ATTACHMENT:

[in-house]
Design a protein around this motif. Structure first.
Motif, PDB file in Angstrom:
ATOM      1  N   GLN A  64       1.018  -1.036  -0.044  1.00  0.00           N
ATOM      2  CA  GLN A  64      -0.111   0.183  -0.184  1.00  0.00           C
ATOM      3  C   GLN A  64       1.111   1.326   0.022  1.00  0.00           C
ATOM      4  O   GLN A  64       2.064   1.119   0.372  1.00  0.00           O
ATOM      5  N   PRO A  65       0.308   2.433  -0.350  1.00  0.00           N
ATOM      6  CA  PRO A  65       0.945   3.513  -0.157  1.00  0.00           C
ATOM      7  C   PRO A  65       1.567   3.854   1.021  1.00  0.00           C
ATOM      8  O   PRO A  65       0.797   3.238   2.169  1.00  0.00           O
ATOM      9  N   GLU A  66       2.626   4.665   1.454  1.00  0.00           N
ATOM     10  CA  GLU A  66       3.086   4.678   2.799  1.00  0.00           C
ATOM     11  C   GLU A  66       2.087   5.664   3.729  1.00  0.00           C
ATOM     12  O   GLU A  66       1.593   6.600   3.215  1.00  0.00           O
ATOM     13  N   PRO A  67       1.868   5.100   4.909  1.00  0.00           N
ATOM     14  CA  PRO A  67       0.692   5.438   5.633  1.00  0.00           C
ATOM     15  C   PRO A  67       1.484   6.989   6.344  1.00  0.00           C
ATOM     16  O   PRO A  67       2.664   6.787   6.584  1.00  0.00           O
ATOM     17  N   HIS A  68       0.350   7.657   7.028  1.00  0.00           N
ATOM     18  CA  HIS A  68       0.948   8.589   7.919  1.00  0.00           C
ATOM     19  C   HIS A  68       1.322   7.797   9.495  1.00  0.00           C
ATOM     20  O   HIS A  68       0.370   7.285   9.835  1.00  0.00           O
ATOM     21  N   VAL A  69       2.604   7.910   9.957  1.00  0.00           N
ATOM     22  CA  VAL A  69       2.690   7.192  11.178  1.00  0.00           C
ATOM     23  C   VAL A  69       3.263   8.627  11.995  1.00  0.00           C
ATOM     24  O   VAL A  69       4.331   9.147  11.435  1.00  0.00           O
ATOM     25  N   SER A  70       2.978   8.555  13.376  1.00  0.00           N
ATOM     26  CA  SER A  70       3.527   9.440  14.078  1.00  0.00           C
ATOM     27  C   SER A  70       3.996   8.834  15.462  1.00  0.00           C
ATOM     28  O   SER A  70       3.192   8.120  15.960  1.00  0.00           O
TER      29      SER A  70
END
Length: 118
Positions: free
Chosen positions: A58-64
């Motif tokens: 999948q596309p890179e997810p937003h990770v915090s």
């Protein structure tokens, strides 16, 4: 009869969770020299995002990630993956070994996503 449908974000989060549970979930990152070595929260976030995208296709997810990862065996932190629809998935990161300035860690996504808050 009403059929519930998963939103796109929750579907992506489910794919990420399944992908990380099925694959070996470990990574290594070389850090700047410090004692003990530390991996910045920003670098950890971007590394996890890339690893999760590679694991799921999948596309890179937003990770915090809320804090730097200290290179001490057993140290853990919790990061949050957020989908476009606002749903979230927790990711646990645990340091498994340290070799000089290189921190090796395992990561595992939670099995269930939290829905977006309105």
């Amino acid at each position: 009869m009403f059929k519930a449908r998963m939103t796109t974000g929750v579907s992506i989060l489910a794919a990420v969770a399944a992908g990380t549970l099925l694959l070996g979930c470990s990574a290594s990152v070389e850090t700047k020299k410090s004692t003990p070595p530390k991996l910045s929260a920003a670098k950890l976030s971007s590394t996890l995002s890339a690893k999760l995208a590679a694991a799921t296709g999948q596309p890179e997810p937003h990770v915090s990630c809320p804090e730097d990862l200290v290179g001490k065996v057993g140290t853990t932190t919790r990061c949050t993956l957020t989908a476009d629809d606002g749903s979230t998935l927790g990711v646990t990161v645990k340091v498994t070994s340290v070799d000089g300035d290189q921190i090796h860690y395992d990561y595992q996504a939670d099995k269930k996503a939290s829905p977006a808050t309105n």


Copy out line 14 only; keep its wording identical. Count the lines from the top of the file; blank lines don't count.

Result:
ATOM     11  C   GLU A  66       2.087   5.664   3.729  1.00  0.00           C